Double-double for Wiley

Bryan Matthews, Senior Editor
Auburn Sports

Austin Wiley and the USA Basketball U19 team continued its dominating play Sunday.

Wiley, an Auburn sophomore, posted a double-double with 16 points and 16 rebounds to lead the USA to a 109-68 win over Angola in the second game of Group D in the FIBA U19 World Cup at the Stadium Indoor Hall in Cairo, Egypt.

The USA closes group play against Italy on Tuesday at 9:30 am CT. All games are streamed live at


USA Basketball

Wiley, who is the team’s captain, started for the second-straight game while shooting 4-of-9 from the field and 8-of-12 from the foul line while playing 20:36. Nine of his 16 rebounds were on the offensive glass, and he had an assist and a steal. His +41 tied for the best plus-minus on the team.

The Hoover, Ala., native dominated the first half with 13 points and 12 rebounds as the USA enjoyed a 60-26 lead at intermission.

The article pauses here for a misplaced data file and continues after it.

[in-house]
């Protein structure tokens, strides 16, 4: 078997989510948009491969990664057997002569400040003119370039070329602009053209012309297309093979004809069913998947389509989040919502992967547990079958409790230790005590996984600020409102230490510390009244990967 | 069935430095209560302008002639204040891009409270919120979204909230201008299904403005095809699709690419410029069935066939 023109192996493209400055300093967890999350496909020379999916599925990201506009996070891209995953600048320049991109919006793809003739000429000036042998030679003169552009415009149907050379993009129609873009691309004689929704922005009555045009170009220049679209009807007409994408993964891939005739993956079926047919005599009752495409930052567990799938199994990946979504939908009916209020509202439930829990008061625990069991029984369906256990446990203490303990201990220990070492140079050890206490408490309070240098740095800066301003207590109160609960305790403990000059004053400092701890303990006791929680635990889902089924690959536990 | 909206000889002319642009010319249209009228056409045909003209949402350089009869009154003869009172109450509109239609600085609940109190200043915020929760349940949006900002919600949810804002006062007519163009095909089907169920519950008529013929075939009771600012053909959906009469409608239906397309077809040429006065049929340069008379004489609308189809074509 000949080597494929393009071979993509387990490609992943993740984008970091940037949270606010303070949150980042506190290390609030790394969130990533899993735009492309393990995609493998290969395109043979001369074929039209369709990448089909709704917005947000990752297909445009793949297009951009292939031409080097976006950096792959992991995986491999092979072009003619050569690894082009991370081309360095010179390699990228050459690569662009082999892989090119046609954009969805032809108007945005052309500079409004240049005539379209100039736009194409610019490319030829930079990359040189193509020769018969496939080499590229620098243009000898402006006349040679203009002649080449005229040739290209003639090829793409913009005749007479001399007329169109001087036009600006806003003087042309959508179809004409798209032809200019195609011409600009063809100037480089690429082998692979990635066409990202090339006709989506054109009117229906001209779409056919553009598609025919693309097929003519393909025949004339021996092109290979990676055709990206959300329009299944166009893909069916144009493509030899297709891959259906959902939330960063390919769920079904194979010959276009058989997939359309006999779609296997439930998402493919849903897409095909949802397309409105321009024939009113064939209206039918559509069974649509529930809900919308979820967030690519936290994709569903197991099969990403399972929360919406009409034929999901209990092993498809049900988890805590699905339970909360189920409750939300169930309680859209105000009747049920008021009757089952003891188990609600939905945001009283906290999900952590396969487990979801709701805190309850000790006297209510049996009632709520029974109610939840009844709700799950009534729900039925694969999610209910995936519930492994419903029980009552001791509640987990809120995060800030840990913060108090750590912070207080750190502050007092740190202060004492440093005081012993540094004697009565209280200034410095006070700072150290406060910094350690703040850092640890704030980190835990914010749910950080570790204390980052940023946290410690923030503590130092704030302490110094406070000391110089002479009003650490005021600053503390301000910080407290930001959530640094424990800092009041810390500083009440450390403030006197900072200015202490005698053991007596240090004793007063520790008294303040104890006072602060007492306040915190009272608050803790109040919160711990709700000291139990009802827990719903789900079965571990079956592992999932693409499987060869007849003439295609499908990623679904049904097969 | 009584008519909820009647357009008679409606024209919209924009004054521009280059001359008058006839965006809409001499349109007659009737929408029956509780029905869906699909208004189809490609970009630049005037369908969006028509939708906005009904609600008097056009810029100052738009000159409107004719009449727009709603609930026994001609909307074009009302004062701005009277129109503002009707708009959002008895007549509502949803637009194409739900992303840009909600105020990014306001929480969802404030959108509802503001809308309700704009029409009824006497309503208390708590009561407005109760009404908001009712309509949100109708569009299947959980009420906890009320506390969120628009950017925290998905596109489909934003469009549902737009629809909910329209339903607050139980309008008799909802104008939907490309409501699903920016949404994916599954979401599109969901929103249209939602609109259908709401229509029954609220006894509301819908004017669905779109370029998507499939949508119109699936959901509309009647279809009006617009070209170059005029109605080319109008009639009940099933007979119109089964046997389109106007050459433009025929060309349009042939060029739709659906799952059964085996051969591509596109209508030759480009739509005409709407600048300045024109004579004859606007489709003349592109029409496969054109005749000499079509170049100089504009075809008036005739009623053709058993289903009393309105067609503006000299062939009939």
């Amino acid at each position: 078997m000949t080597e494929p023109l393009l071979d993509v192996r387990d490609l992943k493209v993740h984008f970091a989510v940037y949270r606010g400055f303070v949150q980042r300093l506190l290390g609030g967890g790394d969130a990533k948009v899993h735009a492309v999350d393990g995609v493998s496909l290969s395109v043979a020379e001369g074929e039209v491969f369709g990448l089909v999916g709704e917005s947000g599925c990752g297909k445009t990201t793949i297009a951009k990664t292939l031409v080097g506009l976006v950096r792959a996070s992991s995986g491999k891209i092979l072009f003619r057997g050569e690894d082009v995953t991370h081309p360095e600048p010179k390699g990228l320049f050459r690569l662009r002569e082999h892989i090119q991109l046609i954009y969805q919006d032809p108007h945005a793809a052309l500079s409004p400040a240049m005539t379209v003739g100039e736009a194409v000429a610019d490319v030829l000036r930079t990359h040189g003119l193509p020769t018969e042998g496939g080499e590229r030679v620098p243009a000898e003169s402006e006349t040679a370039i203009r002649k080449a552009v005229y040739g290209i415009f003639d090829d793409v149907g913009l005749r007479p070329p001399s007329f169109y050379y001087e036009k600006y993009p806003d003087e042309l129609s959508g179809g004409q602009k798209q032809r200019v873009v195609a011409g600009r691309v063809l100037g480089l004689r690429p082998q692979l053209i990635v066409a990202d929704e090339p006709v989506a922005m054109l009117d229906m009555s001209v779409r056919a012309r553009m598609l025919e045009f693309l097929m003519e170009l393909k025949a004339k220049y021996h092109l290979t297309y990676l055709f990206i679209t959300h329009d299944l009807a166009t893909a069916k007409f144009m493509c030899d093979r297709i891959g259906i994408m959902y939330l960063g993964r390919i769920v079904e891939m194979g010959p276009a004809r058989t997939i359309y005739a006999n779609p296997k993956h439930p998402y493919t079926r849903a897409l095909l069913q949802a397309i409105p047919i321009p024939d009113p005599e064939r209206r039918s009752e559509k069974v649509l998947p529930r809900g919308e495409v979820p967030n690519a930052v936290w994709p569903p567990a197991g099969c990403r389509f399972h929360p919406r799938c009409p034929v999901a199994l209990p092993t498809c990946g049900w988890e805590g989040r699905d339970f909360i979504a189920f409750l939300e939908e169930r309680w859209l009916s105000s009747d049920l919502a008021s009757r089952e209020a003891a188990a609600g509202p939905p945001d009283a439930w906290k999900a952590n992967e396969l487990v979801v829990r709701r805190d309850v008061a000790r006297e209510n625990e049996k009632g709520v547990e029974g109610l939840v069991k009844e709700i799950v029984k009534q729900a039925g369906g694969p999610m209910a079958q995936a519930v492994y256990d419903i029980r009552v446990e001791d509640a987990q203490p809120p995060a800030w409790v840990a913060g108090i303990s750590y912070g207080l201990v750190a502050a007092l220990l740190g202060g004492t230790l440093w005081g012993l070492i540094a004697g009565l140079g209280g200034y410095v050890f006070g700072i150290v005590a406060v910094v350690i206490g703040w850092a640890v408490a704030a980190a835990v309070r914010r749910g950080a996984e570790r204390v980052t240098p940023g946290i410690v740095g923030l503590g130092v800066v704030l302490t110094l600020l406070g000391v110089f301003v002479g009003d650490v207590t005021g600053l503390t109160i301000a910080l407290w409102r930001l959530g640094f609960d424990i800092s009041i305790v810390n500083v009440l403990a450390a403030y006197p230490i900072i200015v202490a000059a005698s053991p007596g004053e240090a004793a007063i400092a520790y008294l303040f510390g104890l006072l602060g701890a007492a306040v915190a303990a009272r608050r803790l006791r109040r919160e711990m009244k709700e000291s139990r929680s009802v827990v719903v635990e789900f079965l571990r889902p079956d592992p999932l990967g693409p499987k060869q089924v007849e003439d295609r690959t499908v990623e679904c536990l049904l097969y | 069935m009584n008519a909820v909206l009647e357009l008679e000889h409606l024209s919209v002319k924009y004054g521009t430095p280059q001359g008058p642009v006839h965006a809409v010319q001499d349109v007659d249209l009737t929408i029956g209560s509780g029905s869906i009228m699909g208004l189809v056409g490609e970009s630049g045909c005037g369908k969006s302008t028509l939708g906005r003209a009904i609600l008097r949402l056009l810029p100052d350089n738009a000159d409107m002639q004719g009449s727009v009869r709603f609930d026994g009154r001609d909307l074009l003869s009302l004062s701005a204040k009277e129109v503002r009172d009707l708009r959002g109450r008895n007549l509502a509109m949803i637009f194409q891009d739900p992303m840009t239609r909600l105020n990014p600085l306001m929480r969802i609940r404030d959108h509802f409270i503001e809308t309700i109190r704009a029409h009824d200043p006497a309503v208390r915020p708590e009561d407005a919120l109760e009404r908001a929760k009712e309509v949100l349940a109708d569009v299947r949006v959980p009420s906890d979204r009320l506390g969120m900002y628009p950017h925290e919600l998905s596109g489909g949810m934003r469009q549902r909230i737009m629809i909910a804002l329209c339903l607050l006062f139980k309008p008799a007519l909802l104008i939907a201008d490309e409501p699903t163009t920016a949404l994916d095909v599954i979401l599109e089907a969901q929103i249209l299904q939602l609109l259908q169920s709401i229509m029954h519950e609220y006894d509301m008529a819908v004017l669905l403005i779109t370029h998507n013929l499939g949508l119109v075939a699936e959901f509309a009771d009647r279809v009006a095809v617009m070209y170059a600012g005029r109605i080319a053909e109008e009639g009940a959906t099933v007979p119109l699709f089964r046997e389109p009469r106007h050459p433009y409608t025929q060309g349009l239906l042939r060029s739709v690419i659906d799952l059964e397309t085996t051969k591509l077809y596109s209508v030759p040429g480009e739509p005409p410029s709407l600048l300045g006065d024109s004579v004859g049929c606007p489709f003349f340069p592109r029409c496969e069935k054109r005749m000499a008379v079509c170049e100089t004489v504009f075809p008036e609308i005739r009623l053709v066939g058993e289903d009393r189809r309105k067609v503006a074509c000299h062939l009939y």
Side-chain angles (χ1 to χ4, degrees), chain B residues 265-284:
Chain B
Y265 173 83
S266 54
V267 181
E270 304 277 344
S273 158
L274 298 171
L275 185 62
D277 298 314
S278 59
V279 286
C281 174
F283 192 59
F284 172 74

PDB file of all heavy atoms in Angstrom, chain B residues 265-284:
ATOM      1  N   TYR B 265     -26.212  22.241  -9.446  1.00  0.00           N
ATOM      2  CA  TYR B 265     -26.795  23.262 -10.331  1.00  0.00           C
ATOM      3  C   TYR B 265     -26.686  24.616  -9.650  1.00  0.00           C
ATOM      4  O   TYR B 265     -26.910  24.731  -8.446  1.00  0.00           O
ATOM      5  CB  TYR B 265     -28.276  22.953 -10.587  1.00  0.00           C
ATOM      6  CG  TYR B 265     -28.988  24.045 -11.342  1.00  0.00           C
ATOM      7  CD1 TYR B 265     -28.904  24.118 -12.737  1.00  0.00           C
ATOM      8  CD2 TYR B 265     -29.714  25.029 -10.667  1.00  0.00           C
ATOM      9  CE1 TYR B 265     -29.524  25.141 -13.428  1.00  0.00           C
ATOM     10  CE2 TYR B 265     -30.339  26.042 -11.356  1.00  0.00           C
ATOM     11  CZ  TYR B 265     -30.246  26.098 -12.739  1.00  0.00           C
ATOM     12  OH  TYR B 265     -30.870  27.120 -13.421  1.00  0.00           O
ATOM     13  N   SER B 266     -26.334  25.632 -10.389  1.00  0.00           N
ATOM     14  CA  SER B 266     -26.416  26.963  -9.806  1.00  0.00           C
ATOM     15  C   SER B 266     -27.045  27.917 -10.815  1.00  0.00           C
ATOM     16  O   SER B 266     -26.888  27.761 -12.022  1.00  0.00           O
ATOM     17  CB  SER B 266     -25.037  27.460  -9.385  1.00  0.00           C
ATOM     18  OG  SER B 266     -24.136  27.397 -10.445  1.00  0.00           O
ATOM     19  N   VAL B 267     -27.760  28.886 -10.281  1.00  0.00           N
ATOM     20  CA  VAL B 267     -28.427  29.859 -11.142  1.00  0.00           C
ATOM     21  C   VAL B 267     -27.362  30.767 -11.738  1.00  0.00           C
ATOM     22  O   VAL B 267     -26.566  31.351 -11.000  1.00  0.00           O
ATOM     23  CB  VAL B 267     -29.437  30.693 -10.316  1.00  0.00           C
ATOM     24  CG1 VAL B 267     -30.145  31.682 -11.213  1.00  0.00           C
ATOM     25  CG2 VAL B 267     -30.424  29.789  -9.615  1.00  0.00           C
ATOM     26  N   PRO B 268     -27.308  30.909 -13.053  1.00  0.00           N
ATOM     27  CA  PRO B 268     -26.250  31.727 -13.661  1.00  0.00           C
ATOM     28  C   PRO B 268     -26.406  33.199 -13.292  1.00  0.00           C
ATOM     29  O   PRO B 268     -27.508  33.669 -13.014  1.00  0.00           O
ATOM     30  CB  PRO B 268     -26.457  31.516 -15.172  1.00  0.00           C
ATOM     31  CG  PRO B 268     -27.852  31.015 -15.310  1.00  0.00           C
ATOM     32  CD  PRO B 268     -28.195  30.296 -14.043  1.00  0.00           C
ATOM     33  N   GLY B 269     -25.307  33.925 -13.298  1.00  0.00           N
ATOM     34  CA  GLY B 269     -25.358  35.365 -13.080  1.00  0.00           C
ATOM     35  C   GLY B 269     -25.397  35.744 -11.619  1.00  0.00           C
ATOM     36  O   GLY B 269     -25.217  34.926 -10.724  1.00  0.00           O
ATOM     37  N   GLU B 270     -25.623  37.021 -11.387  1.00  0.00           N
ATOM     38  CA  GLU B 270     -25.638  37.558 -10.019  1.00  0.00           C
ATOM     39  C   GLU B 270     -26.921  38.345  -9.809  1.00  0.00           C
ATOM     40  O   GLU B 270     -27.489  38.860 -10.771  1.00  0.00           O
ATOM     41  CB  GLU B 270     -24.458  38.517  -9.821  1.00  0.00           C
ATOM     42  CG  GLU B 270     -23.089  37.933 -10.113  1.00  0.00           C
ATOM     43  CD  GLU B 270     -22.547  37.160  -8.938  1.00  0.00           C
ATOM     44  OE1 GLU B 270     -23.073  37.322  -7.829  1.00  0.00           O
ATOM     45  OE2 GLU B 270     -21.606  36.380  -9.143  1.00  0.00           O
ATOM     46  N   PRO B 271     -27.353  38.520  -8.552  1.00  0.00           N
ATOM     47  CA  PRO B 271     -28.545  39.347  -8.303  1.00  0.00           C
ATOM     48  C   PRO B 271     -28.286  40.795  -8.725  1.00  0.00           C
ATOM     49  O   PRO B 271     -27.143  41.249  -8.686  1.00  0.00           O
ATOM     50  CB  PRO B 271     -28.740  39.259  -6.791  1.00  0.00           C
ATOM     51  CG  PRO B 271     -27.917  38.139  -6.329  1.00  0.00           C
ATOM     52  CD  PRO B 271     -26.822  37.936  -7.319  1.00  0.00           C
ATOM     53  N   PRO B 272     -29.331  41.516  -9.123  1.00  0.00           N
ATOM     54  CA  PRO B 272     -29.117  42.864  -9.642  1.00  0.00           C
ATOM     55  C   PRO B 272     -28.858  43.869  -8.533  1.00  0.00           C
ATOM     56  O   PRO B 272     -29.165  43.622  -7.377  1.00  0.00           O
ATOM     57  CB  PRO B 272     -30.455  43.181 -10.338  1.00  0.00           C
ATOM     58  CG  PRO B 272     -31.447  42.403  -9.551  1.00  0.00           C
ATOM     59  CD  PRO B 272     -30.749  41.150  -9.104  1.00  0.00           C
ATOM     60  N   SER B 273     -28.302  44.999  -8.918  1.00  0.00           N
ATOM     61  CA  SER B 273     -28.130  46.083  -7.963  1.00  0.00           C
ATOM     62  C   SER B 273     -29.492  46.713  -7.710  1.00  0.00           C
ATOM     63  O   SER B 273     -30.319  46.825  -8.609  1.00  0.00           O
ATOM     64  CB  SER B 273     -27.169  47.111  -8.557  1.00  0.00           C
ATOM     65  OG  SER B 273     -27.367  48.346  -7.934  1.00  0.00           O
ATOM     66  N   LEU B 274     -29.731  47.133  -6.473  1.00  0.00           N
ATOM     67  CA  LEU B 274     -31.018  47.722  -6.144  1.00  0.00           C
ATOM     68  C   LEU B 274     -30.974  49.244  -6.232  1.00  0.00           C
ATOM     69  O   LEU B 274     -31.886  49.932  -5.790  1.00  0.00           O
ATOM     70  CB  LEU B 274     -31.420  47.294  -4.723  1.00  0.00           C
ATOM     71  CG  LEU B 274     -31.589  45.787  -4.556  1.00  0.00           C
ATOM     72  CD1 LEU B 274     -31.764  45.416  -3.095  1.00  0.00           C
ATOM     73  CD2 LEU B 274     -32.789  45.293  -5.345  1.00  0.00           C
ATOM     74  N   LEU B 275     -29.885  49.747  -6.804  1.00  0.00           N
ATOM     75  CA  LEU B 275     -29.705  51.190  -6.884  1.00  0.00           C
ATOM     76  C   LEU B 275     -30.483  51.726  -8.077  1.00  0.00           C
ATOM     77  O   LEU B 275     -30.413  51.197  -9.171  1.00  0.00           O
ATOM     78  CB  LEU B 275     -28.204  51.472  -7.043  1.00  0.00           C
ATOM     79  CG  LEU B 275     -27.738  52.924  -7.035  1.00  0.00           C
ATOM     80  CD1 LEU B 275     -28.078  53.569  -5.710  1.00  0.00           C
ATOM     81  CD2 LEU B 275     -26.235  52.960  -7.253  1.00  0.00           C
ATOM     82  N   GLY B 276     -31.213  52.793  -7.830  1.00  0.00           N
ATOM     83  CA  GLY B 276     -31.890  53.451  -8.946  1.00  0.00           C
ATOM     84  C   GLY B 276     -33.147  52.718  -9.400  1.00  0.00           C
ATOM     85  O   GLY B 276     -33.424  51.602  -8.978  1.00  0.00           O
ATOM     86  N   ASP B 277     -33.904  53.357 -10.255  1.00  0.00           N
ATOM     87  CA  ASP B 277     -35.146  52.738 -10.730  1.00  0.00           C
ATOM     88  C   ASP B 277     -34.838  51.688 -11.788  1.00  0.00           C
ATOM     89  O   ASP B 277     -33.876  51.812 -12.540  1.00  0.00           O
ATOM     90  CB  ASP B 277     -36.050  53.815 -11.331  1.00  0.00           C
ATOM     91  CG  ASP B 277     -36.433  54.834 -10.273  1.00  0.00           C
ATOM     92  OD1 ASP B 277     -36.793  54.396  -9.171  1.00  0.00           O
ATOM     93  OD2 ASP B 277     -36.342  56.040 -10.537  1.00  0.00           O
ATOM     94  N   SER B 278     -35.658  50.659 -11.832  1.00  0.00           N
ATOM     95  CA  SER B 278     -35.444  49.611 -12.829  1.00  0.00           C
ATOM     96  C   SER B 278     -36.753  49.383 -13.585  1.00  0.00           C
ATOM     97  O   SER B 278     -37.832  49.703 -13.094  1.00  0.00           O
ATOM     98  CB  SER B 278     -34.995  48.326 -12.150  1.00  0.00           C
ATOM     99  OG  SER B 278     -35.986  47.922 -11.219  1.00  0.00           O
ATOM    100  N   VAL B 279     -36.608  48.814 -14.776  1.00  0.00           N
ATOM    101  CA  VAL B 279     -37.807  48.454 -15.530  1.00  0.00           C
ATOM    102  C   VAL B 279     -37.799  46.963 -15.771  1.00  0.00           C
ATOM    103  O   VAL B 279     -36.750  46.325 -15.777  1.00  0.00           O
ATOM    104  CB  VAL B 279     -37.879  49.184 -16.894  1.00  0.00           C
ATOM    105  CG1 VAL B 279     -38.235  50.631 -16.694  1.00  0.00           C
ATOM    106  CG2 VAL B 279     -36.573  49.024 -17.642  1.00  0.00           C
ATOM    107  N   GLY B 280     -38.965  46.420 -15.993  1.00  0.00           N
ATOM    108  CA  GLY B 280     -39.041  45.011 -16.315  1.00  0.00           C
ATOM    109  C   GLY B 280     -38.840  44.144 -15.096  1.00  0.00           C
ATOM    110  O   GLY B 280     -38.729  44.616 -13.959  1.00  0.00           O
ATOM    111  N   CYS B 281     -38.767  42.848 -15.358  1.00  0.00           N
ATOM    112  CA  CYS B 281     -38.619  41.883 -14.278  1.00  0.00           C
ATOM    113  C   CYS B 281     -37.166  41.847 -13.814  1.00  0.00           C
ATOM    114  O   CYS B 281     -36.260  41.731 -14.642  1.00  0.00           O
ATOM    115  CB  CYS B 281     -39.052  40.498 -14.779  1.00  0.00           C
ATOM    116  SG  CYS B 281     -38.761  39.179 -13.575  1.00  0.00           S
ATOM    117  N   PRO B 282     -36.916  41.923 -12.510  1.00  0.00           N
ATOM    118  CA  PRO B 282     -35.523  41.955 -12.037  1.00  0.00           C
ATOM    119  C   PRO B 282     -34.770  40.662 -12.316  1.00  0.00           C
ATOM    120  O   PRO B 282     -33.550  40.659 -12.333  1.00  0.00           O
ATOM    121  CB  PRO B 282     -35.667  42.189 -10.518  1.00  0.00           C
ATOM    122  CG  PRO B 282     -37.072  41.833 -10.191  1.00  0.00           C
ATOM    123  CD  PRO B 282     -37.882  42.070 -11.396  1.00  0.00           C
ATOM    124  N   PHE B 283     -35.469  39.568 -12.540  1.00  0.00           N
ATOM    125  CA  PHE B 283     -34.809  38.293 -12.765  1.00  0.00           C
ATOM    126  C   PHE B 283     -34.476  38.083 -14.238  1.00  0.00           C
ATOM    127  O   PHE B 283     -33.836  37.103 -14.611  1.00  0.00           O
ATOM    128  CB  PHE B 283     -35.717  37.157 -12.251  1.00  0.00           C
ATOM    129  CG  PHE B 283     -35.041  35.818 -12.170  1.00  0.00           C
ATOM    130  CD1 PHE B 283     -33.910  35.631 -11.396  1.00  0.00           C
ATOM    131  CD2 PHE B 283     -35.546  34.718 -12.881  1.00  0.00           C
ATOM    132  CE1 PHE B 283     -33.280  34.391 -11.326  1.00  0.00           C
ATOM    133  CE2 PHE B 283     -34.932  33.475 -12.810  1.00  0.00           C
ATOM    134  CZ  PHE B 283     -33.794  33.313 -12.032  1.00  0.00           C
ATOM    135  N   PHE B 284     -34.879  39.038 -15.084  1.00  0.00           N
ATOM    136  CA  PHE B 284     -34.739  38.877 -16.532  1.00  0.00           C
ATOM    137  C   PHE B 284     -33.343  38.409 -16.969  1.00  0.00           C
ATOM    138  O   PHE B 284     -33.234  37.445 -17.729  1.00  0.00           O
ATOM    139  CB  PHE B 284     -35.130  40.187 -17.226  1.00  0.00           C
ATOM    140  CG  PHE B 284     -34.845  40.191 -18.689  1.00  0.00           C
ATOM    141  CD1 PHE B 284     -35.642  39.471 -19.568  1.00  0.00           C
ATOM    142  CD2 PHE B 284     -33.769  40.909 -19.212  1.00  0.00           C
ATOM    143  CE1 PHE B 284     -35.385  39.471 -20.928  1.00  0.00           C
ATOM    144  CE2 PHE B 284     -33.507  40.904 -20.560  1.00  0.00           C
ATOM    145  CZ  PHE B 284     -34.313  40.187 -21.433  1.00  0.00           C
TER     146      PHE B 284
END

Wiley, who had five points, eight rebounds, a block and an assist in a 108-48 win over Iran Saturday, is averaging 10.5 points and 12.0 rebounds in only 17.8 minutes per game. He is shooting 50 percent from the field and 64 percent from the free throw line.

USA improved to 2-0 in Group D pool play while Angola fell to 0-2. Angola lost to Italy 70-66 in game 1.

Following the preliminary round, all 16 teams will be seeded according to group play results and will advance to the round of 16 on Wednesday. Winners will advance to Friday’s medal quarterfinals, while the remaining teams will continue playing out for classification. The medal semifinals will be held July 8, and the gold and bronze medal games on July 9.

Wiley is vying for his second-straight gold in as many summers as he averaged 8.0 points and a team second-best 6.4 rebounds for Team USA’s gold medal winner at the FIBA Men’s U17 World Championship in Zaragoza, Spain in 2016.

The United States is looking for its third-straight gold medal at the FIBA U19 World Cup after winning over Serbia in 2013 in Prague, Czech Republic and defeating Croatia in 2015 in Heraklion, Greece.

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